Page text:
In the fifth interview he admitted killing Ms Whelan, accepted she was dead an hour and a half before he left, and agreed with gardaí that he “used her for his gratification whether she wanted it or not”.
When asked why he killed her, he said it was because she was going to tell people they had been together and that his girlfriend would find out. He denied the gardaí’s suggestion that it was so she wouldn’t tell people that he had raped her.
“I just strangled her with my two hands around her neck,” he said. “l killed her in the living room.”
He said the children were asleep when he brought their mother’s body into the bedroom.
“I sat on the bed. I didn’t know what to do,” he said. “I saw the kids. It made me more sad that I’d taken their mother away on Christmas.”
“I don’t know why I did it,” he said about setting two fires. “I never thought about the children. I was worried about the murder.”
He said he knew what he had done to the Whelan family was unbearable.
“I will never be able to cope with this so God help them,” he said. “I’m so, so sorry. I don’t know what else to say.”
Det. Sgt Lyng agreed that the prosecution’s case was that rape was the trigger for the killing, that “he killed her, then sat there, pondered what he’d do next and set the fires”.
He agreed with Paul Coffey SC, defending, that Hennessy was from a respectable family and had never been in trouble. He agreed the defendant had worked four consecutive night shifts and had slept only briefly after coming home from work on Christmas Eve before spending 10 hours drinking.
Ms Whelan’s brother, John Whelan, described the murders as inhuman. “It’s obvious human life means nothing to you,” he told Hennessy from the witness box. “It’s beyond belief that anyone with a conscience could contemplate, never mind carry out such evil.”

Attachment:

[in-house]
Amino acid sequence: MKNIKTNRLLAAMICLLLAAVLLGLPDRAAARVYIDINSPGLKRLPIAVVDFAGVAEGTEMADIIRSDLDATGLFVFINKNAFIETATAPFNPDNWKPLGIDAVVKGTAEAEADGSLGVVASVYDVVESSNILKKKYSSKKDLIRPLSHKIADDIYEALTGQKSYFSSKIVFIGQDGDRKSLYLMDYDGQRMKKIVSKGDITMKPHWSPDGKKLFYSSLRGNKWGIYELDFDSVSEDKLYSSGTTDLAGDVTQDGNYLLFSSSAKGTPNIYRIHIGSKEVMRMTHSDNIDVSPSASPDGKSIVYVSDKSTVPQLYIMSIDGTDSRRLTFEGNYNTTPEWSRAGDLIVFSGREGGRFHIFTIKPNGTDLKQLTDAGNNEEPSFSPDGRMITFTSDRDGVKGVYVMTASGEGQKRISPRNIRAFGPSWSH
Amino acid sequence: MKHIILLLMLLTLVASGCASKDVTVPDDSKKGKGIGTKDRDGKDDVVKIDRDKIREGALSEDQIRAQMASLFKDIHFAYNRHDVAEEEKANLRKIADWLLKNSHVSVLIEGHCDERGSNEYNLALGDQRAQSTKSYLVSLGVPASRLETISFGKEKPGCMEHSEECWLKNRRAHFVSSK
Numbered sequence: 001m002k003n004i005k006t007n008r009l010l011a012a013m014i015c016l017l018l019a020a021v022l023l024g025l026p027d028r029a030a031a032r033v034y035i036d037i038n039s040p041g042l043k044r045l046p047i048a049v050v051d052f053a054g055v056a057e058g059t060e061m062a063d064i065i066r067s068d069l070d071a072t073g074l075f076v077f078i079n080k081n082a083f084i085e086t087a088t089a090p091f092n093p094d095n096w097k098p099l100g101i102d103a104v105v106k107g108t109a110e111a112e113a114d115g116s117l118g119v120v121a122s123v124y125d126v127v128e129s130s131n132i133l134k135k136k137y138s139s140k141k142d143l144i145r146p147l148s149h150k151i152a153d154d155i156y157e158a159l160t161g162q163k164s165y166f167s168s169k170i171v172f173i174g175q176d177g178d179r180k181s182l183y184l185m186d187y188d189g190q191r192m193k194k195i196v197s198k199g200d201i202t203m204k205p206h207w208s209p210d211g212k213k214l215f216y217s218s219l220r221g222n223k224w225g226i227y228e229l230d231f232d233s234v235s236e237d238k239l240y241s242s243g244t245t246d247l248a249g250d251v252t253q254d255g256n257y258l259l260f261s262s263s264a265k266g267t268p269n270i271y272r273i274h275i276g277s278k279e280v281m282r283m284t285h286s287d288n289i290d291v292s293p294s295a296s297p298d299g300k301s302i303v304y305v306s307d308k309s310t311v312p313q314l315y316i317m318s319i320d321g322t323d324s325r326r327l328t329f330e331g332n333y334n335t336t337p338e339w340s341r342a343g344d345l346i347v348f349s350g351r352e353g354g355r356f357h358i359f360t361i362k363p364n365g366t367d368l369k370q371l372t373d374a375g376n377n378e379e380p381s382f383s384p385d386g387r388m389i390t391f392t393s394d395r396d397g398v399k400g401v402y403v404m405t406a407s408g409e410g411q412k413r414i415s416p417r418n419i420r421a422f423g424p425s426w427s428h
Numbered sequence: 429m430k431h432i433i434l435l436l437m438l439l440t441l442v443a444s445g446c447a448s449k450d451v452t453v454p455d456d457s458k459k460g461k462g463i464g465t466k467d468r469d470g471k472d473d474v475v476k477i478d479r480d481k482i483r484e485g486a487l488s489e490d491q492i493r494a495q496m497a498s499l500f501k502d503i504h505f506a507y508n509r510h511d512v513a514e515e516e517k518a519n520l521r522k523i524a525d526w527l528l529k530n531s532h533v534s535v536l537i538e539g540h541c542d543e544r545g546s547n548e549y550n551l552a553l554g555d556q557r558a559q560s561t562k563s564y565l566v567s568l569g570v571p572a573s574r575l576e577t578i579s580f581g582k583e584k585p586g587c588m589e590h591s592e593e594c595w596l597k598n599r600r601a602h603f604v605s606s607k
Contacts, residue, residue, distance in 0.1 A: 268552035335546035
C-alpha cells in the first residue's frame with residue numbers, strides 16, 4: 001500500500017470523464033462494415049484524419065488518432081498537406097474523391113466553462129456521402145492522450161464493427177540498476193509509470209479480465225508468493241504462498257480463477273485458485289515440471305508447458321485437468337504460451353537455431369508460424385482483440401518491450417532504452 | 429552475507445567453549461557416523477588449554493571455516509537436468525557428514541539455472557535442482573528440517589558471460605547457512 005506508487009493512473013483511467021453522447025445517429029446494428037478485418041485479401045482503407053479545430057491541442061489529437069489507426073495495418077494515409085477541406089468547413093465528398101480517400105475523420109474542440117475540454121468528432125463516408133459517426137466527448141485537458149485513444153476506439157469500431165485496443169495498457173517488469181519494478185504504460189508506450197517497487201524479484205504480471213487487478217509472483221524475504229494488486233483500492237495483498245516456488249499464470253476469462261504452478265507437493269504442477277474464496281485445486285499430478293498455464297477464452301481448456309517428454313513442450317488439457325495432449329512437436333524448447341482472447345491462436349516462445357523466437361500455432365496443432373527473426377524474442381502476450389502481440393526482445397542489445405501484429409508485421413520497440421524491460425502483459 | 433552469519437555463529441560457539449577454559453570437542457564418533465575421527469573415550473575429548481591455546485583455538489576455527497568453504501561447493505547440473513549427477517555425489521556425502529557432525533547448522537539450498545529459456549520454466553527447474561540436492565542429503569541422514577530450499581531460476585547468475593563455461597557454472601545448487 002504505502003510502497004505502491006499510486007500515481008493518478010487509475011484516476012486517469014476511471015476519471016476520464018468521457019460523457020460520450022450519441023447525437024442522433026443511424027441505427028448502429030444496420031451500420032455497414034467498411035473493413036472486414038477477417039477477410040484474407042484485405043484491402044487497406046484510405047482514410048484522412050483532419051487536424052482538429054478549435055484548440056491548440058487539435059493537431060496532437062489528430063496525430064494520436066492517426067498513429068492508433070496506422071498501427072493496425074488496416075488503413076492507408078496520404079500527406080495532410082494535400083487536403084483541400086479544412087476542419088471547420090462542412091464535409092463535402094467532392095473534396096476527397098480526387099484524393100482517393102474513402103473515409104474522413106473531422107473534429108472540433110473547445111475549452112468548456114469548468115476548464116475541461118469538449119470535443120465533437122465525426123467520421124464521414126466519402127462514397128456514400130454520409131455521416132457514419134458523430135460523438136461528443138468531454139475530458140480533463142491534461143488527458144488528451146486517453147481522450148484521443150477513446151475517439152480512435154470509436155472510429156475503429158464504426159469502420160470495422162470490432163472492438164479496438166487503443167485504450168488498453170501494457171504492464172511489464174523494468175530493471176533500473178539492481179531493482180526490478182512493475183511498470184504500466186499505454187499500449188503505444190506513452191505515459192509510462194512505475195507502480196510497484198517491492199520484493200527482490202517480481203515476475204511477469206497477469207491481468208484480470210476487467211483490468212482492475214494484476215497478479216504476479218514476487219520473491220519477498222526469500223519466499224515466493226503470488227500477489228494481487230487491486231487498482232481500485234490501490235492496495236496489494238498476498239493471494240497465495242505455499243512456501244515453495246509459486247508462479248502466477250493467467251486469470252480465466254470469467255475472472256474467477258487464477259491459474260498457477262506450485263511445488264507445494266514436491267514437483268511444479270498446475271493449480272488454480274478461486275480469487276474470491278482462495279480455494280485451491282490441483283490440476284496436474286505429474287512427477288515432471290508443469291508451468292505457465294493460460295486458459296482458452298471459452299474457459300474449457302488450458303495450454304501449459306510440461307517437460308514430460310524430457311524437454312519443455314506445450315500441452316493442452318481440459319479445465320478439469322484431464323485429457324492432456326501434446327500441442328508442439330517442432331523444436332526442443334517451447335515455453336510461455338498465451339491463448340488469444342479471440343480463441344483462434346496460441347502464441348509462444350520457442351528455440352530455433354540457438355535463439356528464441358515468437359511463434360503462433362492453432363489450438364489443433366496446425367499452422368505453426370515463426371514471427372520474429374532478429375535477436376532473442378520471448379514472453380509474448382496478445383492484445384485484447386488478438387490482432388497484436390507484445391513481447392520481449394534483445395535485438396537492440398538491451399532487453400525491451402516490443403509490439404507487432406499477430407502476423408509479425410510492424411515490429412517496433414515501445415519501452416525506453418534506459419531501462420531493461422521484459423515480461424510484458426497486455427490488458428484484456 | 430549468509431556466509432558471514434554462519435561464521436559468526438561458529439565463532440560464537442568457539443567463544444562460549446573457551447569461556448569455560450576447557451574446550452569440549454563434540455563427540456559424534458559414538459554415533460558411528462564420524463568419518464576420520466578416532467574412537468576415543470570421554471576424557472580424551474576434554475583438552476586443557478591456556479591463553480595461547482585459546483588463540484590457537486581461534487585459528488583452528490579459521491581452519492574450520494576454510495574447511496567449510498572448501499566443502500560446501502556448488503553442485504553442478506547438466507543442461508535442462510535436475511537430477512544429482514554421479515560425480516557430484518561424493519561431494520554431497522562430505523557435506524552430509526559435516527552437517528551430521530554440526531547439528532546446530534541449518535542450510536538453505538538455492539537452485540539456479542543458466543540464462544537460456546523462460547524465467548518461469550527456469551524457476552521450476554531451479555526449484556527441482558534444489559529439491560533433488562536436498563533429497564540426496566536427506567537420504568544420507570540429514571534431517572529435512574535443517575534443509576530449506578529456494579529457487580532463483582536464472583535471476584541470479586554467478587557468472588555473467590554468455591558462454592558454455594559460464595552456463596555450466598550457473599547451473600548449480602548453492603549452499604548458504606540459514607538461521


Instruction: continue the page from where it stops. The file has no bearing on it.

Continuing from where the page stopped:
He told the court that his father used to collect Zara from school every day, while Sharon and Nadia spent most days with his mother.
He said Christmas, which had meant so much to his sister and nieces, was now a time of loss and profound grief for his family.
He said the little girls ‘never woke from their sleep’ to find it was Christmas morning.
“The murder of our girls has left a hole in our hearts,” he said, explaining that every morning and every night his parents go the two-minute walk to their graves to chat to them. “It’s all they have left.”
“They hear children playing in the local school every day, knowing Zara should be there. The pain is overwhelming,” he said.
“All you will lose is your liberty, a loss that does not come close to the loss you have imposed on this family,” he told Hennessy.
Afterwards Mr Whelan told reporters that Hennessy’s admission had meant they did not have to go through a long trial. He also said that his family bore no animosity toward the Hennessy family.
“They cannot be held responsible for one man’s actions,” he said.”
Its been a long 11 months….